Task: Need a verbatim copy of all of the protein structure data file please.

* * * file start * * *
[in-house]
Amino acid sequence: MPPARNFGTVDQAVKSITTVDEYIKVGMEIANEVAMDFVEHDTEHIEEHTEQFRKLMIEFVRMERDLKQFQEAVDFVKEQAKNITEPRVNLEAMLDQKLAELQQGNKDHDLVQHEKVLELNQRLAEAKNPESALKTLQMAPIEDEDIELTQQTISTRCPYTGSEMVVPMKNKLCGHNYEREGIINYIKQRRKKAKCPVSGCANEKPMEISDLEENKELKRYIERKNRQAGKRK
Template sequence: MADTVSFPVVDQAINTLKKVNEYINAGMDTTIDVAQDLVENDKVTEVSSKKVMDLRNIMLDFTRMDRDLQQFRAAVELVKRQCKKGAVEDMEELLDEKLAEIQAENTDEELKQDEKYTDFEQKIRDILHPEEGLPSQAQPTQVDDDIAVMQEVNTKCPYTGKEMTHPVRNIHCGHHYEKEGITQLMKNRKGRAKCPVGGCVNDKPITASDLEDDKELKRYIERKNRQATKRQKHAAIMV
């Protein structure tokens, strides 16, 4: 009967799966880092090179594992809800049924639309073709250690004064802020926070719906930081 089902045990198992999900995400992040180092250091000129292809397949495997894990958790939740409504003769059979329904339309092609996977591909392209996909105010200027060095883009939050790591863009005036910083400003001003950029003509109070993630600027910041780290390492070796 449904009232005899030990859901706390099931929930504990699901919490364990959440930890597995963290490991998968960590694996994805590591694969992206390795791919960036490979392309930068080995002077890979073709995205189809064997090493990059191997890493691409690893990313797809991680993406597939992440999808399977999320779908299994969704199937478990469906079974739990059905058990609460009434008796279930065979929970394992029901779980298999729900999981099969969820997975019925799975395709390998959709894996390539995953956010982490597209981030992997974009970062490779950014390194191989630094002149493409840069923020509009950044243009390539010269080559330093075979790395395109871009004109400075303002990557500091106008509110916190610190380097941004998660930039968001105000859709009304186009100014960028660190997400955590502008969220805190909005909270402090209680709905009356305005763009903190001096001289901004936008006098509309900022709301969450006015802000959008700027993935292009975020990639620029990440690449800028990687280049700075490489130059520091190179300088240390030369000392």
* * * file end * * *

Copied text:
[in-house]
Amino acid sequence: MPPARNFGTVDQAVKSITTVDEYIKVGMEIANEVAMDFVEHDTEHIEEHTEQFRKLMIEFVRMERDLKQFQEAVDFVKEQAKNITEPRVNLEAMLDQKLAELQQGNKDHDLVQHEKVLELNQRLAEAKNPESALKTLQMAPIEDEDIELTQQTISTRCPYTGSEMVVPMKNKLCGHNYEREGIINYIKQRRKKAKCPVSGCANEKPMEISDLEENKELKRYIERKNRQAGKRK
Template sequence: MADTVSFPVVDQAINTLKKVNEYINAGMDTTIDVAQDLVENDKVTEVSSKKVMDLRNIMLDFTRMDRDLQQFRAAVELVKRQCKKGAVEDMEELLDEKLAEIQAENTDEELKQDEKYTDFEQKIRDILHPEEGLPSQAQPTQVDDDIAVMQEVNTKCPYTGKEMTHPVRNIHCGHHYEKEGITQLMKNRKGRAKCPVGGCVNDKPITASDLEDDKELKRYIERKNRQATKRQKHAAIMV
């Protein structure tokens, strides 16, 4: 009967799966880092090179594992809800049924639309073709250690004064802020926070719906930081 089902045990198992999900995400992040180092250091000129292809397949495997894990958790939740409504003769059979329904339309092609996977591909392209996909105010200027060095883009939050790591863009005036910083400003001003950029003509109070993630600027910041780290390492070796 449904009232005899030990859901706390099931929930504990699901919490364990959440930890597995963290490991998968960590694996994805590591694969992206390795791919960036490979392309930068080995002077890979073709995205189809064997090493990059191997890493691409690893990313797809991680993406597939992440999808399977999320779908299994969704199937478990469906079974739990059905058990609460009434008796279930065979929970394992029901779980298999729900999981099969969820997975019925799975395709390998959709894996390539995953956010982490597209981030992997974009970062490779950014390194191989630094002149493409840069923020509009950044243009390539010269080559330093075979790395395109871009004109400075303002990557500091106008509110916190610190380097941004998660930039968001105000859709009304186009100014960028660190997400955590502008969220805190909005909270402090209680709905009356305005763009903190001096001289901004936008006098509309900022709301969450006015802000959008700027993935292009975020990639620029990440690449800028990687280049700075490489130059520091190179300088240390030369000392």